According to various news reports, it appears as if various telecommunications companies are eager to enter the Cuban market; however, these companies should be aware that while telecommunications is a statutorily allowed service that can be provided in Cuba, it is not without conditions and key restrictions.  For example, the Cuban Democracy Act of 1992 (“CDA”) states that licenses issued and payments to the Cuban government must be done “in a manner that is consistent with the public interest and the purposes of this title [22 USCS §§ 6001 et seq.], except that this paragraph shall not require any withdrawal from any account blocked pursuant to regulations issued under section 5(b) of the Trading With the Enemy Act [50 USCS Appx § 5(b)].”   See 22 U.S.C. §§ 6004.

The telecommunications provisions of the CDA were amended by the Cuban Liberty and Solidarity Act of 1996 (“LIBERTAD”) that, in part, clarified that U.S. telecommunications provider could not invest in Cuban domestic telecommunication services.   It states that “an ‘investment’ in the domestic telecommunications network within Cuba includes the contribution (including by donation) of funds or anything of value to or for, and the making of loans to or for, such network.” See 22 U.S.C. § 6004 (e)(5).  

In other words, it is not going to be as easy as advocates of easing sanctions make it out to be.  Even the Trade Sanctions Reform Act of 2000 (“TSRA“) that eased sanctions on agricultural products, does not allow for some of the high-tech gadgets that Cuba wants.  Export controls remain in place for agriculture commodities, medicine, or medical devices that are controlled by the Arms Export Control Act, the Export Administration Act, or things that can be used to “facilitate the development or production of a chemical or biological weapon or weapon of mass destruction.”  See § 904, Title IX, Trade Sanctions Reform and Export Enhancement Act.  There are also restrictions in place given Cuba’s special status as a state sponsor of international terrorism.  

Some areas where we would not want U.S. telecommunications  equipment or services sold include Cuba’s tourism sector, any government agency that can be directly linked to human rights abuses, and  entities involved with biological weapons research and related capabilities, to name a few.  A tall order, but well-worth the extra effort and somewhat required by law.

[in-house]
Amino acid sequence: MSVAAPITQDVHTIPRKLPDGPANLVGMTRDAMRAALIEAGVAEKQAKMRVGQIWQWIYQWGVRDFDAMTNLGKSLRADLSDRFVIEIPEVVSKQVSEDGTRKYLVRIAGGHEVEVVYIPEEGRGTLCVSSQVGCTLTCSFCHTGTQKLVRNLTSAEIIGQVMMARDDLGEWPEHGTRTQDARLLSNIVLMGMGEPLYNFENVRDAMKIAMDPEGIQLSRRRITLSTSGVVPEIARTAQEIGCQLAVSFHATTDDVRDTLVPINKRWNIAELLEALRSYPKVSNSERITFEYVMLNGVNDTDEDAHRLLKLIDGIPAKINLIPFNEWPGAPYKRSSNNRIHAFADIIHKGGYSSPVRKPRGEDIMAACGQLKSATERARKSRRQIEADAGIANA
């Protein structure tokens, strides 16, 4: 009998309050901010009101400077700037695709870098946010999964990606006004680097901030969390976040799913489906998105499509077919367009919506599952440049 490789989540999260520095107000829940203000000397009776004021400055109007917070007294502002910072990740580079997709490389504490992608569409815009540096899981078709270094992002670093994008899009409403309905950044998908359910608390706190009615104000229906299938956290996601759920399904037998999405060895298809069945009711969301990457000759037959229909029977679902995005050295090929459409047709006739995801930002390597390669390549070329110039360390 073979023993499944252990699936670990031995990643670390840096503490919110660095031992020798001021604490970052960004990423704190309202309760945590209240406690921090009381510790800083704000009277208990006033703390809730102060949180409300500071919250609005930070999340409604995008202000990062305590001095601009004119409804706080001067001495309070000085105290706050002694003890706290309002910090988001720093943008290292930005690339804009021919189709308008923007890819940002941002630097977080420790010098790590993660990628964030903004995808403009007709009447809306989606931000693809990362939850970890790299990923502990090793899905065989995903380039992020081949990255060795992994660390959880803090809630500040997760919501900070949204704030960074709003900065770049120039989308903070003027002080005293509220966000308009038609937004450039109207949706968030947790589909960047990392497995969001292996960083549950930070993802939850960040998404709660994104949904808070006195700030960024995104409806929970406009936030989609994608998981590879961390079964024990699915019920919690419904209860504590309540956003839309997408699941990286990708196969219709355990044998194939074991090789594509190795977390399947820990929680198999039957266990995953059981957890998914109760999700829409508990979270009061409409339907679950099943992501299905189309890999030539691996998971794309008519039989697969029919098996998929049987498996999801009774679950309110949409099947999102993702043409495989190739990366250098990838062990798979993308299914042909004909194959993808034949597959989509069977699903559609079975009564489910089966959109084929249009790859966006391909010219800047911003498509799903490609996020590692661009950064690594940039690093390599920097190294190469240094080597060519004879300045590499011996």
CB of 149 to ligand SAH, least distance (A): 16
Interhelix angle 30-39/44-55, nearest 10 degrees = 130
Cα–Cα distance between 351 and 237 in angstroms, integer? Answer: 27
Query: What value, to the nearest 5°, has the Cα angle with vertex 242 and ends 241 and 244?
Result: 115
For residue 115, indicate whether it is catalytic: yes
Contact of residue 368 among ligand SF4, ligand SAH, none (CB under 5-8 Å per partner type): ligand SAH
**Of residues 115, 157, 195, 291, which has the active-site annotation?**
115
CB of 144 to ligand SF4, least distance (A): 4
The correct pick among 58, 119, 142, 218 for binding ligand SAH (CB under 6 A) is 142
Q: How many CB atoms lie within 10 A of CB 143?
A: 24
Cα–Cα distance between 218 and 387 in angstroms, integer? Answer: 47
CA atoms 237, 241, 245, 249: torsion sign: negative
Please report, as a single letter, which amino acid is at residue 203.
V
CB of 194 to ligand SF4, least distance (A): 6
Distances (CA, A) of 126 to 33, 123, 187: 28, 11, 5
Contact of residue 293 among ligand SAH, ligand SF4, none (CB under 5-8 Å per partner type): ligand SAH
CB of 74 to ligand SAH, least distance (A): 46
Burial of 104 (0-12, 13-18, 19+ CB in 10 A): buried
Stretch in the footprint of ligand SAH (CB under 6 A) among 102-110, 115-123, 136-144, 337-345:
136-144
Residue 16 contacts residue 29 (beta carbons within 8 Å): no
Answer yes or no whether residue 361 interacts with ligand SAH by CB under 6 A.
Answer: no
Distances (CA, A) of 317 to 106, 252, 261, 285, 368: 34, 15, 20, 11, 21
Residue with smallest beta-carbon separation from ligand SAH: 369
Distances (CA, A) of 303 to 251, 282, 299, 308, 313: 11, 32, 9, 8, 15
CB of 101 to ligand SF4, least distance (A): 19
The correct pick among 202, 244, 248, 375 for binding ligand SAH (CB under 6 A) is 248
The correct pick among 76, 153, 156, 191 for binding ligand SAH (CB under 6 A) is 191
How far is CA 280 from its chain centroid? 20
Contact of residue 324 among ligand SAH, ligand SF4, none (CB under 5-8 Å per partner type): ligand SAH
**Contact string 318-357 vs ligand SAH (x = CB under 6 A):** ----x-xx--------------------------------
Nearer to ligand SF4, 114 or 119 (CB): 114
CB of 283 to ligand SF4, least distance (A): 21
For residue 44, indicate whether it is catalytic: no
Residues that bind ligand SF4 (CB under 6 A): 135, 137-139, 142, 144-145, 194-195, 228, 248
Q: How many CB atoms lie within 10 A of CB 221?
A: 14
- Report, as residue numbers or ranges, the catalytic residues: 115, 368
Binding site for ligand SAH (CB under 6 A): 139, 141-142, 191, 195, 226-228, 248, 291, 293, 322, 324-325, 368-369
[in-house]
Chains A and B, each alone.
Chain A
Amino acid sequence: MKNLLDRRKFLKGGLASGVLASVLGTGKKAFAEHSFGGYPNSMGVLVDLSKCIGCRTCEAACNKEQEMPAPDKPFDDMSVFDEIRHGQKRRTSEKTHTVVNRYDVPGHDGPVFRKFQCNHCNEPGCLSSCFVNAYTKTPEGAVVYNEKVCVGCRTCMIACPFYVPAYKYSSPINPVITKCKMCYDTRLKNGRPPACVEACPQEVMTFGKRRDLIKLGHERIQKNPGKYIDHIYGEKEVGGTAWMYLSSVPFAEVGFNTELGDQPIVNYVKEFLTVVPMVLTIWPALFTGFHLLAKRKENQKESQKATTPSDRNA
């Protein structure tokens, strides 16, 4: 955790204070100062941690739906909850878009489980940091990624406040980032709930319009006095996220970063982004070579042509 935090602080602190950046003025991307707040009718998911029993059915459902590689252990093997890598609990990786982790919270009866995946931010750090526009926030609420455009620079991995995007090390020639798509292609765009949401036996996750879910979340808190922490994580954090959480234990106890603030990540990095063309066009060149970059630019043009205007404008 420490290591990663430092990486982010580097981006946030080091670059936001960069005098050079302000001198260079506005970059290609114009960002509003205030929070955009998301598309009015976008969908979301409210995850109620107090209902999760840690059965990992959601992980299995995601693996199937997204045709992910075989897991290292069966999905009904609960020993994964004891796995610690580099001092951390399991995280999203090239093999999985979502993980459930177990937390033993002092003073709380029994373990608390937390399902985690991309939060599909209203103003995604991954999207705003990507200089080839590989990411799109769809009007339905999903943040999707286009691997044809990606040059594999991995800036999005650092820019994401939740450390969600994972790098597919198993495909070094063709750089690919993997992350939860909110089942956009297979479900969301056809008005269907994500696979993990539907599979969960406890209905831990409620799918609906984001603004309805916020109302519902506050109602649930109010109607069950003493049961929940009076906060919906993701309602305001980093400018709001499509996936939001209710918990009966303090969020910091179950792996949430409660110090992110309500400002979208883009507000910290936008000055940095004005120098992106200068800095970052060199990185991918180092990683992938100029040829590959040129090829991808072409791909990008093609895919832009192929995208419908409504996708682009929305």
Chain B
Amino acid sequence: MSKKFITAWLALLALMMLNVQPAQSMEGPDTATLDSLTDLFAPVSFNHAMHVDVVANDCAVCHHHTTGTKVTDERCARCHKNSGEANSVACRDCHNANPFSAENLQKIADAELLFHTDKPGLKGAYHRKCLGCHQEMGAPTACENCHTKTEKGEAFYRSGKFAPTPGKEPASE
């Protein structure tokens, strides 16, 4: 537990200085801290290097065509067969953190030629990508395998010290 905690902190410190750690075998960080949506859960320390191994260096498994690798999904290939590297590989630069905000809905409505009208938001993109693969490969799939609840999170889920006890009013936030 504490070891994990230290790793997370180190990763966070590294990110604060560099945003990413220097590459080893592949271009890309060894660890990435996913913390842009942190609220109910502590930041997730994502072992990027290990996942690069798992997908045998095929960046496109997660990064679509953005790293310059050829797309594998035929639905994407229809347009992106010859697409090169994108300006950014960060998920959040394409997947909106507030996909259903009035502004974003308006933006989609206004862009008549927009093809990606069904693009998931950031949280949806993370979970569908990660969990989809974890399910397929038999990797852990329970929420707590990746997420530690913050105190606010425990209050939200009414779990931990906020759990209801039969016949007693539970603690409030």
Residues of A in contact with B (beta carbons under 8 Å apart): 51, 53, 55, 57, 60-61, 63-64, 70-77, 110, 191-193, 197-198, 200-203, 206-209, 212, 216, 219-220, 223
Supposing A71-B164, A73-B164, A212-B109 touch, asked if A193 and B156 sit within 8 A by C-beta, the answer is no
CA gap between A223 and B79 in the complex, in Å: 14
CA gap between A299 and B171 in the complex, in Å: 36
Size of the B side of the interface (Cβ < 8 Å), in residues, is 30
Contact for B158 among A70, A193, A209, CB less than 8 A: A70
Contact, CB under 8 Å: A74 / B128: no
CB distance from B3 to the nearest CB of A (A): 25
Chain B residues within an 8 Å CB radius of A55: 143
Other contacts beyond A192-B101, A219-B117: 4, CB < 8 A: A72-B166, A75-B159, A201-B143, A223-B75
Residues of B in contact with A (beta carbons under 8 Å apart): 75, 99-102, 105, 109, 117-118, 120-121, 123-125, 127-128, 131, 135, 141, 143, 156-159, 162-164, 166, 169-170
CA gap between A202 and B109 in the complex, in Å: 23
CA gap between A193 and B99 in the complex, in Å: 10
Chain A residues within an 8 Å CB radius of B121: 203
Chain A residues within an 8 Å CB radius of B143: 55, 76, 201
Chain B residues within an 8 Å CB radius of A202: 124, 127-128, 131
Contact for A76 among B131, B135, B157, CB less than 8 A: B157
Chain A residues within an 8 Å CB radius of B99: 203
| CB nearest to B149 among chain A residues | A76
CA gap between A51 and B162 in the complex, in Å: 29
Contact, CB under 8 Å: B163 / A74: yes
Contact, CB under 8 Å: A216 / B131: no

The scriveners at the Treasury Department, Office of Foreign Assets Control (“OFAC”), and colleagues at other agencies,  have a challenging task before them since CDA and LIBERTAD require that U.S. regulations do a somewhat conflicting thing:  support the Cuban people (by easing the telecommunications restrictions) while isolating the Cuban Communist Party.   It is somewhat neurotic when you come to think about it.  Our goal is to deny hard currency to the Communist Party, but we need to talk with the Communist Party leaders in order to allow these changes to take hold.  The Cuban leaders know this and will game this process to ensure it can extract maximum concessions from the United States in order to increase revenue flow to party coffers.   

Let us hope that the Obama Administration does the correct thing and closely limits how much support it allows, in the form of money and technical know-how, to enter the Communist Party coffers and the telecommunications market in Cuba.  In doing so, it will strike the correct balance of support and economic isolation, afford the opposition in Cuba the right conditions to growth and consolidate, and, in the long-term, accomplish the primary goal of U.S. law and policy, a peaceful transition or return to democracy on the island.

If you are interested in a taste of what is likely to come, take a look at this post at the Babalu Blog.